The owner is now in the process of suing his structural engineer. We agreed a 3 month completion on the basis we would release the £85k exchange money. This was done so he could pay for the legal costs involved in taking him to court.
Though we have bought a distressed property, we need to be careful to make sure we inherit just the property and not the distress. Clearly the freeholder will need a lot of reassurance given the background of the property, to ensure one set of cowboys don’t get replaced with another set.
We have just completed the refurbishment and design of a flat a stone throw away from this property in Ferncroft Ave which is on the market at £1.8m, the condition for this property is stunning. We had it fully furnished with bespoke furniture, the feedback from several agents has been this is one of the best finishes they have seen in a long time.
Our logic in taking the property to this level was simple, there are only two types of buyers in the market the investor and the end user. The end user buys more with emotion and the investor buys with the motivation of profit.
We do not want the investor to purchase, we are after the end user. Because they purchase with emotion we need them to fall in love with the property. In the same way when you buy a new car it makes absolutely no financial sense at all, but you want it! You pay £10k – £20k more than it’s going to be worth in a year’s time; in fact as soon as you drive it out it drops thousands in value. This is because it’s an emotional purchase. We are trying to replicate the same emotion in our future buyer.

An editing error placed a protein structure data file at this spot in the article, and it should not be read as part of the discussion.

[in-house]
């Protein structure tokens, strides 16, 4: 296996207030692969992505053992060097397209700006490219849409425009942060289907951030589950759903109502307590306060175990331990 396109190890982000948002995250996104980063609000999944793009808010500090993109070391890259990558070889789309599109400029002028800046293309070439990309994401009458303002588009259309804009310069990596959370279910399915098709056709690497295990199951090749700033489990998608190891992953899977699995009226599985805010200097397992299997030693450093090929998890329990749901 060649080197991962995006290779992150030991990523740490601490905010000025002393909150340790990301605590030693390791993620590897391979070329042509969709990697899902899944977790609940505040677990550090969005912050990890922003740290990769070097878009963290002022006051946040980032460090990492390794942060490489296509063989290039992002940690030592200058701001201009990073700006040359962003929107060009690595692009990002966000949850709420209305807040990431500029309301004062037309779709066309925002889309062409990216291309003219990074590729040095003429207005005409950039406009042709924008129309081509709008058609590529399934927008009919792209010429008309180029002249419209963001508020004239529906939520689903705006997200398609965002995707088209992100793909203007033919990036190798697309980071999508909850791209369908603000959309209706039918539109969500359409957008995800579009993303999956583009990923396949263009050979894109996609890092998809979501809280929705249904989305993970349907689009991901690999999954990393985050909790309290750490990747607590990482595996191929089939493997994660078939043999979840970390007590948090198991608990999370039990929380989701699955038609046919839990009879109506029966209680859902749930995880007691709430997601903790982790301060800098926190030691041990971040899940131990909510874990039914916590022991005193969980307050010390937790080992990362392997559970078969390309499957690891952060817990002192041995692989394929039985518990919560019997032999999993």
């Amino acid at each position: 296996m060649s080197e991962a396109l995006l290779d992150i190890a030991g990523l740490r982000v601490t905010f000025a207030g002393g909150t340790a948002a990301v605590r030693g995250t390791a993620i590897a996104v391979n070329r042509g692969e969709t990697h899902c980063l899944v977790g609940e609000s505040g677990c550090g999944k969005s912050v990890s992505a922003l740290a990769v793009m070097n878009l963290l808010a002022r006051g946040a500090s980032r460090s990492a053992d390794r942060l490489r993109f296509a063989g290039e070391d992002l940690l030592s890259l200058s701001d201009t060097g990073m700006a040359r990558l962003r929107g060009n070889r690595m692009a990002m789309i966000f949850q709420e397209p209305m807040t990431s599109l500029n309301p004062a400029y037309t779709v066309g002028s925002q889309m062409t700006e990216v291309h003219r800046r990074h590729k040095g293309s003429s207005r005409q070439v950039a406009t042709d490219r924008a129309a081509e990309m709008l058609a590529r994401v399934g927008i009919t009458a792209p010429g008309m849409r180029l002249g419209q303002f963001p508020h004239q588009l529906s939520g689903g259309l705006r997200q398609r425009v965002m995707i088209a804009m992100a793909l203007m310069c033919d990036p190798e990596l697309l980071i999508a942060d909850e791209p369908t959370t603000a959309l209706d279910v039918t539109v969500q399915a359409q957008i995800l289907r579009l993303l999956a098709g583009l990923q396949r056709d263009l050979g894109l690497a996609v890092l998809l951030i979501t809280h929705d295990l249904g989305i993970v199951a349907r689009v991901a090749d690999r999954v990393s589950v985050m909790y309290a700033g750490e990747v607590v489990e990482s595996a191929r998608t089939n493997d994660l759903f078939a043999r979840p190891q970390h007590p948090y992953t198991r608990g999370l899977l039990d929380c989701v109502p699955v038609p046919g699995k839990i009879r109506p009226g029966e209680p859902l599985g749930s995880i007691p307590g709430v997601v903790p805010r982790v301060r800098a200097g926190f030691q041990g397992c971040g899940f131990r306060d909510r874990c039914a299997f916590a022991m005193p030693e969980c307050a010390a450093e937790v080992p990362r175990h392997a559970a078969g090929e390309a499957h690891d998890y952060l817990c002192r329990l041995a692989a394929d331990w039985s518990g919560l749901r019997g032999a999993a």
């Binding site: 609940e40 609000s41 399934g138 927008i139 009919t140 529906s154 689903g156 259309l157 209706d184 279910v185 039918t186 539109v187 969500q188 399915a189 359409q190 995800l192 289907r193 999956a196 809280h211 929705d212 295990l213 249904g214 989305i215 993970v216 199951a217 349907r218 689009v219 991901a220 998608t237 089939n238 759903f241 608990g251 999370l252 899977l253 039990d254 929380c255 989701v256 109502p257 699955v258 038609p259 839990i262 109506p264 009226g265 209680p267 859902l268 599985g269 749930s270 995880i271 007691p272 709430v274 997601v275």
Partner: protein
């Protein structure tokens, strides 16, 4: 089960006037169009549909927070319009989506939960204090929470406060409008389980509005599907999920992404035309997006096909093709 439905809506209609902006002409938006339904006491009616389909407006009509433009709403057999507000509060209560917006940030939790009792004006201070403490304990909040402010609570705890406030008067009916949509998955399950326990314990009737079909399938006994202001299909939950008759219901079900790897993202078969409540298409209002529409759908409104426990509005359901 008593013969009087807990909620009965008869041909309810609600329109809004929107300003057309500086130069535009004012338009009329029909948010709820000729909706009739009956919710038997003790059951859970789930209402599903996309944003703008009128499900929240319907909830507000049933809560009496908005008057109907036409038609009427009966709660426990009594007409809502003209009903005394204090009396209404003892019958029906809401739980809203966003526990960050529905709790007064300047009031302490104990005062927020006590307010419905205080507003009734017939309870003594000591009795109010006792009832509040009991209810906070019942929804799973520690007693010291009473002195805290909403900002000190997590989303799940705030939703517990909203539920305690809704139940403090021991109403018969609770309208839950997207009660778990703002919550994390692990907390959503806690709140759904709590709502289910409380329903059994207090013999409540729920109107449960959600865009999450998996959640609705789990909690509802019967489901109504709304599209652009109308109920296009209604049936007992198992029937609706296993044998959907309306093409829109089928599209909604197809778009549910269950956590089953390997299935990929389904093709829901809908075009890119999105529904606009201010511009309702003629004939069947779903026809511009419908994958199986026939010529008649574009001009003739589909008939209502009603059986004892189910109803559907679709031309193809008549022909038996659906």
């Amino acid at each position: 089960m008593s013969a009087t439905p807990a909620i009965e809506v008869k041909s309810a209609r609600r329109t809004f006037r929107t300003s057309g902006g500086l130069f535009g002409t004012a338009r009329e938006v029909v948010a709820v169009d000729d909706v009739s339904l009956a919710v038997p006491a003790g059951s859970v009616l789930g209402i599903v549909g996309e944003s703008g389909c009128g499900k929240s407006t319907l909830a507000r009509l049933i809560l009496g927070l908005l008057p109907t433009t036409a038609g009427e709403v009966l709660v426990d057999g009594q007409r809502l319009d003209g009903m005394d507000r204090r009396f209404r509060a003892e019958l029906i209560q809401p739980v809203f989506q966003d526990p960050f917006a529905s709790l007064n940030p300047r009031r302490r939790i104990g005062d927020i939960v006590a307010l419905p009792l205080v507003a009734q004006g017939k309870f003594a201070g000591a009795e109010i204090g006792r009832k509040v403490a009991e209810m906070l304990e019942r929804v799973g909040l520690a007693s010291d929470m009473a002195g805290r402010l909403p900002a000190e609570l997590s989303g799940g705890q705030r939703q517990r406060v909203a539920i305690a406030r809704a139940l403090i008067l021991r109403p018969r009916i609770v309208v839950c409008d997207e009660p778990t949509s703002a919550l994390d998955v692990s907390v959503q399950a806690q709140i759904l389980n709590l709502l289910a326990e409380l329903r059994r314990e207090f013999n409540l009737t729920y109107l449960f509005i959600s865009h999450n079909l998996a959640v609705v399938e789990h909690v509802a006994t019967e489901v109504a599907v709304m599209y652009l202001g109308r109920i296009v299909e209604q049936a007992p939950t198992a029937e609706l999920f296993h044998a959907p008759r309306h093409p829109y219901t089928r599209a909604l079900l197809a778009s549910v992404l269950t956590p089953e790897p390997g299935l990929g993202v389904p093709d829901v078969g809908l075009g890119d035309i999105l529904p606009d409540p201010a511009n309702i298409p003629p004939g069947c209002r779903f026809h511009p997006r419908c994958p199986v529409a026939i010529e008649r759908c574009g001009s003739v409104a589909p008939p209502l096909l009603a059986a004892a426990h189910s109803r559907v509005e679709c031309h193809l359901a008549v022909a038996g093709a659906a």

We will attempt to tidy up the issues in the property first and then look to resell the project ideally before completion. We will need to work quickly for this to happen. Simultaneously we will be preparing for completion as well. Therefore we will prepare ourselves for the worst case, which isn’t too bad given the market is rising week on week.
We also managed to exchange on a property in Abbey Lodge in a purpose built block in St John’s Wood, this was a roughly 500 sq. ft. property which we sourced for a client for just under £500k. This property in my opinion will fetch possibly £700k in a month or two after completion which has been agreed in 6 weeks, and will do very well for them. In this market there is a possibility for reselling for less money prior to completion. The question is whether we will take a smaller piece of the pie in a shorter time or wait and take the whole piece.
Earls Court, London, SW5
Purchase Price: £1.6m
20% discount in a rising hot spot
- A large top floor flat in this highly sought after location
- 1,300 sq ft area.
- The property will benefit greatly from the Earls Court regeneration scheme, being located close to the proposed ‘High Street’ and parks.
- Comparable properties in the market are priced around £1,500 per sq ft while this property is coming in at around £1,230 per sq ft.
Call us now to secure this deal!
Sow & Reap
A Property Investment Company
!Tips of the Week
It is important to pay attention to the type of job your tenant has and not just that they are working. Doctors, nurses and teachers tend to be hit very little by economic downturns. This will reduce the rotation period.
Always consider the projects which are happening in and around the borough you’re purchasing in, this will ensure strong capital growth into the future.